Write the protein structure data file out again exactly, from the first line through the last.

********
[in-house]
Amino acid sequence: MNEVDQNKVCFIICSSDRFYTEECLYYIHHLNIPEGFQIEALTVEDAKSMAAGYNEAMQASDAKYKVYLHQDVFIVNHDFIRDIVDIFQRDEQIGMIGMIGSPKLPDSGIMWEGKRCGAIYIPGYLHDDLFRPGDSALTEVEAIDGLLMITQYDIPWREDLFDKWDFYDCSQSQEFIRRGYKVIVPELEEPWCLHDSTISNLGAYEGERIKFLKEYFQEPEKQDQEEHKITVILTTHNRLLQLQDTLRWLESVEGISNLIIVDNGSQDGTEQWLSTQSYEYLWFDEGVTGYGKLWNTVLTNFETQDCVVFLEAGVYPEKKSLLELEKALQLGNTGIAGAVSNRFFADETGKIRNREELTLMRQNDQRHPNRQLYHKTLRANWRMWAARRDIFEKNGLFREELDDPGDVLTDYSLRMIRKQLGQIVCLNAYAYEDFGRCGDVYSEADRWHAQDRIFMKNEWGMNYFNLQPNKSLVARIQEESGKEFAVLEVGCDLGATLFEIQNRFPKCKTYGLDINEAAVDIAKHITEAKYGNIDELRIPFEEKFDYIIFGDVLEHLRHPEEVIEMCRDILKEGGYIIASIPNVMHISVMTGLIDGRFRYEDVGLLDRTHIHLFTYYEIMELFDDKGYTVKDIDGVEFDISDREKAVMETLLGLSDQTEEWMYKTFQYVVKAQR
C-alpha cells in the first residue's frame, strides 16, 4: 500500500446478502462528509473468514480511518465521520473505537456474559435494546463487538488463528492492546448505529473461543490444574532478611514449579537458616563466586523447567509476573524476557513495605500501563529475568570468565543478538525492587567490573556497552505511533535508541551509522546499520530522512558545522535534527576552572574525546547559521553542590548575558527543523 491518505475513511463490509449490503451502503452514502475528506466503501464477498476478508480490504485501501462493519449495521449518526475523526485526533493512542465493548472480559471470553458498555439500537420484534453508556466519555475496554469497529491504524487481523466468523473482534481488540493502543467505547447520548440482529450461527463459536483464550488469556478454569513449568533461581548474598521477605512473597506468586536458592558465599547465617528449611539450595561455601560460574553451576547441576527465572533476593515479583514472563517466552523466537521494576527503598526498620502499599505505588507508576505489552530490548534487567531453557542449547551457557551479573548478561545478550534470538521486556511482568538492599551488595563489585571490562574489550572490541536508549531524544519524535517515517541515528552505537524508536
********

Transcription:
[in-house]
Amino acid sequence: MNEVDQNKVCFIICSSDRFYTEECLYYIHHLNIPEGFQIEALTVEDAKSMAAGYNEAMQASDAKYKVYLHQDVFIVNHDFIRDIVDIFQRDEQIGMIGMIGSPKLPDSGIMWEGKRCGAIYIPGYLHDDLFRPGDSALTEVEAIDGLLMITQYDIPWREDLFDKWDFYDCSQSQEFIRRGYKVIVPELEEPWCLHDSTISNLGAYEGERIKFLKEYFQEPEKQDQEEHKITVILTTHNRLLQLQDTLRWLESVEGISNLIIVDNGSQDGTEQWLSTQSYEYLWFDEGVTGYGKLWNTVLTNFETQDCVVFLEAGVYPEKKSLLELEKALQLGNTGIAGAVSNRFFADETGKIRNREELTLMRQNDQRHPNRQLYHKTLRANWRMWAARRDIFEKNGLFREELDDPGDVLTDYSLRMIRKQLGQIVCLNAYAYEDFGRCGDVYSEADRWHAQDRIFMKNEWGMNYFNLQPNKSLVARIQEESGKEFAVLEVGCDLGATLFEIQNRFPKCKTYGLDINEAAVDIAKHITEAKYGNIDELRIPFEEKFDYIIFGDVLEHLRHPEEVIEMCRDILKEGGYIIASIPNVMHISVMTGLIDGRFRYEDVGLLDRTHIHLFTYYEIMELFDDKGYTVKDIDGVEFDISDREKAVMETLLGLSDQTEEWMYKTFQYVVKAQR
C-alpha cells in the first residue's frame, strides 16, 4: 500500500446478502462528509473468514480511518465521520473505537456474559435494546463487538488463528492492546448505529473461543490444574532478611514449579537458616563466586523447567509476573524476557513495605500501563529475568570468565543478538525492587567490573556497552505511533535508541551509522546499520530522512558545522535534527576552572574525546547559521553542590548575558527543523 491518505475513511463490509449490503451502503452514502475528506466503501464477498476478508480490504485501501462493519449495521449518526475523526485526533493512542465493548472480559471470553458498555439500537420484534453508556466519555475496554469497529491504524487481523466468523473482534481488540493502543467505547447520548440482529450461527463459536483464550488469556478454569513449568533461581548474598521477605512473597506468586536458592558465599547465617528449611539450595561455601560460574553451576547441576527465572533476593515479583514472563517466552523466537521494576527503598526498620502499599505505588507508576505489552530490548534487567531453557542449547551457557551479573548478561545478550534470538521486556511482568538492599551488595563489585571490562574489550572490541536508549531524544519524535517515517541515528552505537524508536